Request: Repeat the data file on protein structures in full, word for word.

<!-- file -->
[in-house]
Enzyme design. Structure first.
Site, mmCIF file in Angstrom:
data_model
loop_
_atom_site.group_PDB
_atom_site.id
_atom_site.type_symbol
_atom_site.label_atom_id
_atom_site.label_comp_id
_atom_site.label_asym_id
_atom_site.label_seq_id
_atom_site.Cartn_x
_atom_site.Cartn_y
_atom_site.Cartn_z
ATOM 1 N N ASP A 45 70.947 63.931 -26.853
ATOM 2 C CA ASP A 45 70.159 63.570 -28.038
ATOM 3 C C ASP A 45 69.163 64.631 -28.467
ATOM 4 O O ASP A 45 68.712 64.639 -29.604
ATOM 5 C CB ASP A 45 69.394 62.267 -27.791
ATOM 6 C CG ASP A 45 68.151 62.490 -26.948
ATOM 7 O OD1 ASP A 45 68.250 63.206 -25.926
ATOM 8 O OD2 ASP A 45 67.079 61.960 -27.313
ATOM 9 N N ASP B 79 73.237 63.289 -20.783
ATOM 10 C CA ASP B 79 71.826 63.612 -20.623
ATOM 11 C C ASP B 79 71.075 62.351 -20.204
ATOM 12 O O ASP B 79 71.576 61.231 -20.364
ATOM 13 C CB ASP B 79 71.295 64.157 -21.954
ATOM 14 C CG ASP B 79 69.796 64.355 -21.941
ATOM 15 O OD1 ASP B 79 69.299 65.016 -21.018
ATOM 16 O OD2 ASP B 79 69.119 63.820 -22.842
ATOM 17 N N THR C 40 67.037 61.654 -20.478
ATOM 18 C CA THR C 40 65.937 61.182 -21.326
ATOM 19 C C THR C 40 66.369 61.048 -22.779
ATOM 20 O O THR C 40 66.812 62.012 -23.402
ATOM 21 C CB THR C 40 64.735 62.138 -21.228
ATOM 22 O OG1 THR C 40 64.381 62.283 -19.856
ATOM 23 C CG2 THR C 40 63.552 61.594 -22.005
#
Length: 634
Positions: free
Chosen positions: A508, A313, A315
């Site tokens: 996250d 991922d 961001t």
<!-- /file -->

[in-house]
Enzyme design. Structure first.
Site, mmCIF file in Angstrom:
data_model
loop_
_atom_site.group_PDB
_atom_site.id
_atom_site.type_symbol
_atom_site.label_atom_id
_atom_site.label_comp_id
_atom_site.label_asym_id
_atom_site.label_seq_id
_atom_site.Cartn_x
_atom_site.Cartn_y
_atom_site.Cartn_z
ATOM 1 N N ASP A 45 70.947 63.931 -26.853
ATOM 2 C CA ASP A 45 70.159 63.570 -28.038
ATOM 3 C C ASP A 45 69.163 64.631 -28.467
ATOM 4 O O ASP A 45 68.712 64.639 -29.604
ATOM 5 C CB ASP A 45 69.394 62.267 -27.791
ATOM 6 C CG ASP A 45 68.151 62.490 -26.948
ATOM 7 O OD1 ASP A 45 68.250 63.206 -25.926
ATOM 8 O OD2 ASP A 45 67.079 61.960 -27.313
ATOM 9 N N ASP B 79 73.237 63.289 -20.783
ATOM 10 C CA ASP B 79 71.826 63.612 -20.623
ATOM 11 C C ASP B 79 71.075 62.351 -20.204
ATOM 12 O O ASP B 79 71.576 61.231 -20.364
ATOM 13 C CB ASP B 79 71.295 64.157 -21.954
ATOM 14 C CG ASP B 79 69.796 64.355 -21.941
ATOM 15 O OD1 ASP B 79 69.299 65.016 -21.018
ATOM 16 O OD2 ASP B 79 69.119 63.820 -22.842
ATOM 17 N N THR C 40 67.037 61.654 -20.478
ATOM 18 C CA THR C 40 65.937 61.182 -21.326
ATOM 19 C C THR C 40 66.369 61.048 -22.779
ATOM 20 O O THR C 40 66.812 62.012 -23.402
ATOM 21 C CB THR C 40 64.735 62.138 -21.228
ATOM 22 O OG1 THR C 40 64.381 62.283 -19.856
ATOM 23 C CG2 THR C 40 63.552 61.594 -22.005
#
Length: 634
Positions: free
Chosen positions: A508, A313, A315
């Site tokens: 996250d 991922d 961001t």